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Seattle Histories Pride Edition: LGBTQ+ Country Dancing – A Radical Act of Inclusivity

Historic preservation in Seattle begins with community. The Seattle Histories storytelling project highlights the places, people, and events that have shaped the history of Seattle’s communities. These stories, told by community members, emphasize experiences and narratives that may have been overlooked or misrepresented in our city. In honor of PRIDE month, we asked community members to submit stories specific to the history of Seattle’s LGBTQ+ community. Read the LGBTQ+ Seattle Histories stories and then delve into the full project.

LGBTQ+ Country Dancing – A Radical Act of Inclusivity

by Jean Anton, Barb Buys, and Katie Gustainis

Every Tuesday evening in the heart of Capitol Hill on Broadway, a group of folks spanning the spectrums of age, race, gender, and sexuality warmly greet each other inside All Pilgrims Church. The twang of country music fills the air. No, it’s not a worship service. It’s line dancing.

Soon 30 or more people are laughing and smiling as they move across the floor in lines, executing a complex series of steps and turns in all directions. Some dance the steps as choreographed. Others add elaborate arm movements and improvised styling as if starring in a dramatic soap opera.

Fast-forward to Friday night. Many of the same familiar faces are two-stepping and waltzing around the dance floor at the Century Ballroom just a mile south of the church. The lights are lower, the outfits are on fire, and the joy is palpable.

This is Rain Country Dance Association, Seattle’s nonprofit dance club for the LGBTQ+ community and friends for over 17 years. Newcomers and old-timers alike are united in our love of dance and our commitment to creating a welcoming, diverse, and inclusive community.

“It was the most welcoming family we’ve run into in Seattle.”

Chris, a Rain Country dancer

More specifically, we (Jean, Katie, and Barb) are some of those friendly faces you’ll see on the dance floor. We are invested in this community and the documentation of its place in Seattle’s queer history. Rain Country embodies the grassroots, cooperative, and welcoming spirit of our city in unique, magical, and ever-evolving ways. This is our story.

A group of approximately 35 people with their hands in the air and smiles on their faces on a dimly lit dance floor interspersed with columns wrapped in rainbow neon lights.
The power of Rain Country is in the joy you’ll find on everyone’s face.

The Beginnings of Rain Country

During the country western dance craze that swept the country in the wake of Urban Cowboy and “Achy Breaky Heart” in the 1980s and 1990s, Seattle became home to the Timberline Tavern. As The Seattle Times described this gay bar in a 1990 review, “There’s Patsy Cline and k.d. lang on the sound system, maple on the spacious circa-1913 dance floor, pails of peanuts on the bar and wagon-wheel chandeliers in the rafters. You’ll think you died and went to country-western heaven.”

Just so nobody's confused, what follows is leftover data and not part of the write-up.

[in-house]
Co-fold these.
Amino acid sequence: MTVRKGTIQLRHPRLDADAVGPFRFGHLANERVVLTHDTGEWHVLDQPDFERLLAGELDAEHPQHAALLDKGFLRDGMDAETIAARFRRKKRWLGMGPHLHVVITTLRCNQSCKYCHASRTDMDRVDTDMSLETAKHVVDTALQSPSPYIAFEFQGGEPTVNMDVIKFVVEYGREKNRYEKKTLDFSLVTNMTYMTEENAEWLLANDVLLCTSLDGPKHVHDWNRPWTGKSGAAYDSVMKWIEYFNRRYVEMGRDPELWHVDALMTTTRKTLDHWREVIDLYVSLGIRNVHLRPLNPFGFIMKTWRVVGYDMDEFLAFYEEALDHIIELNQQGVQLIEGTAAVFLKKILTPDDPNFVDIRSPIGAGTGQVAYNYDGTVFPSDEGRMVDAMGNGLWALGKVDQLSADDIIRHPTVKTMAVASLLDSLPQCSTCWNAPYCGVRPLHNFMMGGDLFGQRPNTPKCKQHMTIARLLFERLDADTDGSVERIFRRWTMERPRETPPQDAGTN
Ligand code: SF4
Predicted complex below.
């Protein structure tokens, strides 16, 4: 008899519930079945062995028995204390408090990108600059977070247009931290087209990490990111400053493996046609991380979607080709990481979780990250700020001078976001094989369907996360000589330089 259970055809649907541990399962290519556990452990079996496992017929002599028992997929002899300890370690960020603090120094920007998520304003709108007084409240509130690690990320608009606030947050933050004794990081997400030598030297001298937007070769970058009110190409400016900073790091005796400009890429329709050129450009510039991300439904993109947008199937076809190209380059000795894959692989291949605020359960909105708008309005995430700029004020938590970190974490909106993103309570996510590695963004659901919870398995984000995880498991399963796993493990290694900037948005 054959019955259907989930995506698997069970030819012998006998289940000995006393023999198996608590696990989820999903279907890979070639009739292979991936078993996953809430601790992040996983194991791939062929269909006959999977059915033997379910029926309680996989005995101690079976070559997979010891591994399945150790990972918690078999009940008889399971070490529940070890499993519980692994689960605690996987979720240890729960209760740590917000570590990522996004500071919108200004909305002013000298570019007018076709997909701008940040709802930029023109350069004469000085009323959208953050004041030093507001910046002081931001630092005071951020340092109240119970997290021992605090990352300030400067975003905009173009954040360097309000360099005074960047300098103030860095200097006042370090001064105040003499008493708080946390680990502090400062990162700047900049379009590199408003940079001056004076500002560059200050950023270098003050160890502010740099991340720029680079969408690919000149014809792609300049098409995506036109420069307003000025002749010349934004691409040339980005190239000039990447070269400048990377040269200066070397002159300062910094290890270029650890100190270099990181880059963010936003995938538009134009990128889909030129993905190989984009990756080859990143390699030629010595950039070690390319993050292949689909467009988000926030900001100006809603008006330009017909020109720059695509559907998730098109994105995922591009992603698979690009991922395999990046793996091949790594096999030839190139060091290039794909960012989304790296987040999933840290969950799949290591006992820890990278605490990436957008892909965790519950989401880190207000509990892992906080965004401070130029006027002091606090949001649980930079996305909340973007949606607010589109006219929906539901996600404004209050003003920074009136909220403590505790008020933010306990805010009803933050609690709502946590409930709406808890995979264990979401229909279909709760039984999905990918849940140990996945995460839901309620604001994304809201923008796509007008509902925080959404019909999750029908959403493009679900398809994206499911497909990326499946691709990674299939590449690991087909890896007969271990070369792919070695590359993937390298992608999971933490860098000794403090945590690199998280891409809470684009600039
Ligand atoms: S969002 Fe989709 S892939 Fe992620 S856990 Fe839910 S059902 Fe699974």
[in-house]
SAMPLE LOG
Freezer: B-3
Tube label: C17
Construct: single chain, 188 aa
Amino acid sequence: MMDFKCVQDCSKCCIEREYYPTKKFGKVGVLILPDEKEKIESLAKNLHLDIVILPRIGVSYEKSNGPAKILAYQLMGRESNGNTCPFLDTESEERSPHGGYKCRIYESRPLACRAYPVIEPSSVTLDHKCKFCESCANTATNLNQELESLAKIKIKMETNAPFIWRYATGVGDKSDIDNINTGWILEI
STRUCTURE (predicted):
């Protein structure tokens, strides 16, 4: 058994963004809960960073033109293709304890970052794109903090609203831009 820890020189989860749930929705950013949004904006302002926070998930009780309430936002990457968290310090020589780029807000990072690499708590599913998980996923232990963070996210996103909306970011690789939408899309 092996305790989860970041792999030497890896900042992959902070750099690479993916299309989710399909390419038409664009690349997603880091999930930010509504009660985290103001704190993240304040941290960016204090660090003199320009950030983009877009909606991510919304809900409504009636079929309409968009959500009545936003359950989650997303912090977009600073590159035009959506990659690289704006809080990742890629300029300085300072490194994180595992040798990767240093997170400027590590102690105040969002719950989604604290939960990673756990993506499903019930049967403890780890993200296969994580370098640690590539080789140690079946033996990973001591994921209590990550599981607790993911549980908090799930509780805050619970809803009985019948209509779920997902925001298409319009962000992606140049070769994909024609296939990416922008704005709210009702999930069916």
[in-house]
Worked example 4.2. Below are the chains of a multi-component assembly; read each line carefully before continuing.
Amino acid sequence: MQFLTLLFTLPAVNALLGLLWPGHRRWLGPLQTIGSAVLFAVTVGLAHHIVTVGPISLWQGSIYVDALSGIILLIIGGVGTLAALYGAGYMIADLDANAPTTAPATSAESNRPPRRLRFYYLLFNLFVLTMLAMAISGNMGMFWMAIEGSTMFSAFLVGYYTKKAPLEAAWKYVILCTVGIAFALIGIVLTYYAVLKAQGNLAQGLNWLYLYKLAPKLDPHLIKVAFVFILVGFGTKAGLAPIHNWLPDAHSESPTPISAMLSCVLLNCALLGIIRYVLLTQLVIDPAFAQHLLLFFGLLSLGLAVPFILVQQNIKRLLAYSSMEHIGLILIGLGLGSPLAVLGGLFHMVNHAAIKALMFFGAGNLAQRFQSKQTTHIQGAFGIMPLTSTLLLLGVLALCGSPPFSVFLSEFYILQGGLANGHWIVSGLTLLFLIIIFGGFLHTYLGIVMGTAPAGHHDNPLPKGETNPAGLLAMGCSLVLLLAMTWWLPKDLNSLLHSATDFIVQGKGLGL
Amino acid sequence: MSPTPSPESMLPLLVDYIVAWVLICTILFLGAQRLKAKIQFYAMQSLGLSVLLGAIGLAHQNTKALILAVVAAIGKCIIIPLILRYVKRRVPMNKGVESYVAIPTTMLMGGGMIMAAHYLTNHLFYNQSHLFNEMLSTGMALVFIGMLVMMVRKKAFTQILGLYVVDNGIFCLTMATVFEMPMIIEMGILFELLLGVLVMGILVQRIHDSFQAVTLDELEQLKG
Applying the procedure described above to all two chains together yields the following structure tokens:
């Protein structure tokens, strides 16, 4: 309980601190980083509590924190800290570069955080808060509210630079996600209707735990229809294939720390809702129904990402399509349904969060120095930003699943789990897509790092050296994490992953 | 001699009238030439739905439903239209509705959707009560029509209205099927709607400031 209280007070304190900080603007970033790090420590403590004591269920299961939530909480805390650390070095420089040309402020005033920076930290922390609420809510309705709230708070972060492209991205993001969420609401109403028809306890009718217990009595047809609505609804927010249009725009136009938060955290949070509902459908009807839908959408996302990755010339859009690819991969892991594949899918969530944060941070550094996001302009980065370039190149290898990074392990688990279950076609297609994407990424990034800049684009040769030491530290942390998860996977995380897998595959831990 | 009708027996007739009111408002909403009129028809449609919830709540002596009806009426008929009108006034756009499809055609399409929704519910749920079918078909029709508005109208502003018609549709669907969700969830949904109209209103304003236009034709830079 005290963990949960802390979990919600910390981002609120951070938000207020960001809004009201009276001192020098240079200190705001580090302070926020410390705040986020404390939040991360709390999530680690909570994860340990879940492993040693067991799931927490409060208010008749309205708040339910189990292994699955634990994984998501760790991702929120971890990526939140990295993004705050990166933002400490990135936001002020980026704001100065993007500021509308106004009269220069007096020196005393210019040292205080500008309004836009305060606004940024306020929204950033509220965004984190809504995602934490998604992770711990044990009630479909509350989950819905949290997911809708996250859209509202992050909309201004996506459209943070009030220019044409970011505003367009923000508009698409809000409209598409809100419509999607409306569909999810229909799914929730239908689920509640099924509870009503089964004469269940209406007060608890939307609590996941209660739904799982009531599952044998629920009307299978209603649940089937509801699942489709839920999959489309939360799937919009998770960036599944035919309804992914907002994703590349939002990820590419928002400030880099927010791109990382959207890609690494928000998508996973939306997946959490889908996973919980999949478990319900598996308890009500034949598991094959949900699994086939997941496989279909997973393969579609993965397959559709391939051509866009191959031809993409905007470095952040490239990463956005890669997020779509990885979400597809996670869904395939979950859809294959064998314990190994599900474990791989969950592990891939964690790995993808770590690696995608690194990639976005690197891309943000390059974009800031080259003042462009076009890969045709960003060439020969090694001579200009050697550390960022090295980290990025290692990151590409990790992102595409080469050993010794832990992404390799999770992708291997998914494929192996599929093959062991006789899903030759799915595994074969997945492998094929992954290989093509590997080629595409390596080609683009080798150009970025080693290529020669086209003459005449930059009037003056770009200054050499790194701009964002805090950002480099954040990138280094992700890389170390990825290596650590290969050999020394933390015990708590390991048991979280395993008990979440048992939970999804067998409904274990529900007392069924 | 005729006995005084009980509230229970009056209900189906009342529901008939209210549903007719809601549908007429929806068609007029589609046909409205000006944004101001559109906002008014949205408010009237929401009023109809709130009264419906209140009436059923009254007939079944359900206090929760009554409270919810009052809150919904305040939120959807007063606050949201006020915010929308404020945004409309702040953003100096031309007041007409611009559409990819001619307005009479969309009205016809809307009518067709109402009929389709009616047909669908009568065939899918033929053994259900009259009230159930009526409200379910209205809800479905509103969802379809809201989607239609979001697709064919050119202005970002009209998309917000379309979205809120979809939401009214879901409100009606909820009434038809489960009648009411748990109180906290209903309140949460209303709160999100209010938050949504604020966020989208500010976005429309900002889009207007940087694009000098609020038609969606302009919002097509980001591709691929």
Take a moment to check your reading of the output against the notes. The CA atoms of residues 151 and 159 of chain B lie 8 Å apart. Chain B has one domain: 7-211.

For Barb Buys, the first person to greet you at any Rain Country event today, the Timberline was an essential part of her coming of age in the 1990s. “It’s really where I learned how to be a lesbian,” Barb explains. “It was like having a party without needing to clean your house, or going to a party that you didn’t have to get ready for.”

After 15 years of serving a tight-knit community of dancers, the Timberline had to move from its original location in 2003. The dance culture that had made the bar so special struggled to retain its vibrancy amidst the transition.

At that point, Jim Drew grew tired of waiting for someone else to solve the problem and sent a rabble-rousing email to a local country-western listserv one Saturday in April 2004. “We’ve lost some of the ‘dance community’ we once had in Seattle,” he admonished. “We need to get off our collective butt and work to build the local CW [country-western] dance scene.” 

Asked about it now, Jim says, “If you want a ‘community’ you have to create the structure for community to build from. If you leave it up to a business that isn’t invested in the dancing side of things, then you are at their mercy. Rain Country gives dancers control over what and how we dance.”

A group of twenty-nine smiling people posing for the camera and holding a white banner with green text reading “Rain Country Country-Western Dancing.”
Dancers, including co-founder Jim Drew (front, red shirt) pose for the camera at Rain Country’s 2009 Pride Sunday dance at the Armory in Seattle Center.

After eighteen months of planning and the closure of the new Timberline location in 2005, Jim and a group of dancers, instructors, and deejays created the completely volunteer-led Rain Country Dance Association in 2006. Dancing began again in earnest on Friday nights at the Cuff Complex on Capitol Hill. Soon, a second biweekly evening of line dancing was added to the calendar. This time, on the dancers’ terms.